Dear All About Jazz Readers,

If you're familiar with All About Jazz, you know that we've dedicated over two decades to supporting jazz as an art form, and more importantly, the creative musicians who make it. Our enduring commitment has made All About Jazz one of the most culturally important websites of its kind in the world reaching hundreds of thousands of readers every month. However, to expand our offerings and develop new means to foster jazz discovery we need your help.

You can become a sustaining member for a modest $20 and in return, we'll immediately hide those pesky Google ads PLUS deliver exclusive content and provide access to future articles for a full year! This combination will not only improve your AAJ experience, it will allow us to continue to rigorously build on the great work we first started in 1995. Read on to view our project ideas...

16

Dine Doneff: Rousilvo

Nenad Georgievski By

Sign in to view read count
There is more to bassist and composer Dine Doneff's record Rousilvo than simply a blending of styles and genres and eras and approaches. Certainly among his many talents is his uncanny ability to blur the line between the avant-garde, free-improv, classical, world music and jazz. It's a maneuver he has perfected over the years as the leader of his adventurous projects or as a sideman musician in other bands. With this project, Doneff certainly expands on that aesthetic and dives deep into his past.

Rousilvo is the Slavic name of a village of Doneff's birth in today's Northern Greece that is now known as Xanthogeia. The village is abandoned now as are many villages that were once populated by Macedonians in this region also known as Aegean Macedonia. Even though Doneff has resided in Germany for the past several years, he is a descendant of the Macedonian community that has survived years of series of ethnic cleansings and forced Hellenic assimilation of the Slavic population in Greece. Not only were Slavic names to cities and people changed but the word Macedonia was forbidden for use. It's an ongoing clash and struggle that still has not been forgotten. Even today, on the eve of the historic agreement between Macedonia and Greece, the term Macedonia and its citizens still pose a problem which hopefully will resolve with this agreement.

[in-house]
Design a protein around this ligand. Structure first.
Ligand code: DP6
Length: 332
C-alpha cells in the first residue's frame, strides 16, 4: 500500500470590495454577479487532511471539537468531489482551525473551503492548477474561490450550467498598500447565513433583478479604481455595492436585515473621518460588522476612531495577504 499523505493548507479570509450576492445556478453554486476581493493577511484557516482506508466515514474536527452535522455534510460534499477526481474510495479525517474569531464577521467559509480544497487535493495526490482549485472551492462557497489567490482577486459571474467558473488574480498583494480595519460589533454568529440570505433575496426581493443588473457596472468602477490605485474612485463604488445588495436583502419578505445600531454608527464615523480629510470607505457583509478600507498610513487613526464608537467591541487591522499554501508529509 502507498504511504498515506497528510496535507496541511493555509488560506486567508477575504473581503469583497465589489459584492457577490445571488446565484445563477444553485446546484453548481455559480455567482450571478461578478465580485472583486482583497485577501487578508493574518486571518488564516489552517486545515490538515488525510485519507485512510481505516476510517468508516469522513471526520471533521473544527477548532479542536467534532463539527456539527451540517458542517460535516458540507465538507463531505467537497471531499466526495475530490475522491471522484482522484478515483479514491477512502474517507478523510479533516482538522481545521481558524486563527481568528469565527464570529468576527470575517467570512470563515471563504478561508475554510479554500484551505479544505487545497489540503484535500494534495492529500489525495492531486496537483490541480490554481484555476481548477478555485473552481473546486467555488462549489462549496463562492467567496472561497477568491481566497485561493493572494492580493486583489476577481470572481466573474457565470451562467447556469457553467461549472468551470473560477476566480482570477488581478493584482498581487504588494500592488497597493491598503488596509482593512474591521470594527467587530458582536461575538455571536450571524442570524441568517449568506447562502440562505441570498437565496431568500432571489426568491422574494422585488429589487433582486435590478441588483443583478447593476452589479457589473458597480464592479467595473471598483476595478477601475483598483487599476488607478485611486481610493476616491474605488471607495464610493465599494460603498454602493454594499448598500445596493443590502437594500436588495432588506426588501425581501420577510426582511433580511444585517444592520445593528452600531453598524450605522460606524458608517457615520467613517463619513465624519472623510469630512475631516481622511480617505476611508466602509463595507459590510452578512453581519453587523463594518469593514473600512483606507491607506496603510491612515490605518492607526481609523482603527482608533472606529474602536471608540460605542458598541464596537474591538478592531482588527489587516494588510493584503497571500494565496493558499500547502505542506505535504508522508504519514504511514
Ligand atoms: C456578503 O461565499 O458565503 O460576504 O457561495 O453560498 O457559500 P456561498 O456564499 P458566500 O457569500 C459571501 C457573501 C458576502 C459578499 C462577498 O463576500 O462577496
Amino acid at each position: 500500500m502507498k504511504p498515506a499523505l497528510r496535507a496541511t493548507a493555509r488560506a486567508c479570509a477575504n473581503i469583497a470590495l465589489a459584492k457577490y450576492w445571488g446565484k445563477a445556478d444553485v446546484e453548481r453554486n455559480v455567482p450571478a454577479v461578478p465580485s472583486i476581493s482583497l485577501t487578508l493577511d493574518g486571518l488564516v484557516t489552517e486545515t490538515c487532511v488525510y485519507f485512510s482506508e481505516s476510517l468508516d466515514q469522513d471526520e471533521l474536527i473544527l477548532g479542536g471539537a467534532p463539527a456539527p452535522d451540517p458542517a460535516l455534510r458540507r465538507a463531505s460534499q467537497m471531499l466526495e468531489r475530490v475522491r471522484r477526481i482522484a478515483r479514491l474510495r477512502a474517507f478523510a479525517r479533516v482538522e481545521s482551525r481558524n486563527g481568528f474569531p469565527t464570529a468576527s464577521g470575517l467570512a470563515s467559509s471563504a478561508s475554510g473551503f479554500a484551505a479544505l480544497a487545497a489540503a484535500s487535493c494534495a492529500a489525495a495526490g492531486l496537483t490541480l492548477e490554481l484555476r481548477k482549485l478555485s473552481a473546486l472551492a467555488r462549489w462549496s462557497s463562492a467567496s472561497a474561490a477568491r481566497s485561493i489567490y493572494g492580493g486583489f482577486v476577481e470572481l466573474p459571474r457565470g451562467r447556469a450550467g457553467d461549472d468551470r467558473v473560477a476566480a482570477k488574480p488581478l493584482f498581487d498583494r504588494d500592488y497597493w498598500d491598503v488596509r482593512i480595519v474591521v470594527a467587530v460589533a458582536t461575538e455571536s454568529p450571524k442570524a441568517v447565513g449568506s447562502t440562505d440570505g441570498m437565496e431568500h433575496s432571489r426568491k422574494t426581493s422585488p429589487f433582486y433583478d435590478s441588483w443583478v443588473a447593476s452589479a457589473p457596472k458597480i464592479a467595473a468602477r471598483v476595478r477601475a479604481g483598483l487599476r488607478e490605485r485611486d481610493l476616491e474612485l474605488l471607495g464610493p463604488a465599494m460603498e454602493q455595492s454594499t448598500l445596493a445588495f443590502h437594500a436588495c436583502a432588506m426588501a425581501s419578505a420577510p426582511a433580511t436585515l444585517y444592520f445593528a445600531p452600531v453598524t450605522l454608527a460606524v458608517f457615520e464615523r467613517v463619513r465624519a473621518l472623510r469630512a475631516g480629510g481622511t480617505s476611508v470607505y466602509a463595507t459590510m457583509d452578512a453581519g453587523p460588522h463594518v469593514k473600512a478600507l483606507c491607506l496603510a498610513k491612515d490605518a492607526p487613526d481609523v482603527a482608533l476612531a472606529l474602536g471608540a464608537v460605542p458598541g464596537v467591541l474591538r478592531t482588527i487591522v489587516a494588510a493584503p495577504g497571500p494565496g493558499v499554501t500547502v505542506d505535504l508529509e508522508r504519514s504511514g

Effectively depicting the struggles of the Macedonians during that era presents a challenge for anyone, but Doneff has been able to channel his emotions into his skills as a sensitive and free-thinking composer. And for this album, he dives deep into his past and emotions in order to come out with music that is emotional, spiritual and panoramic. Rousilvo is like a musical drama with several suites with spacious, clean, disciplined arrangements and long, reflective, graceful and mournful improvised melodic lines. In between the compositions, he inserts elderly women singing acapella songs and laments which adds weight to this music. These were recorded on locations scattered throughout Northern Greece. Much of what he reconstructs is a picture of people's lives from a bygone era or that were either killed during the Civil War in Greece or have fled across the borders to run from the ethnic cleansing that ensued when the Civil War ended. That mournful feel is an elegy to the uprooted people, a part of his childhood memories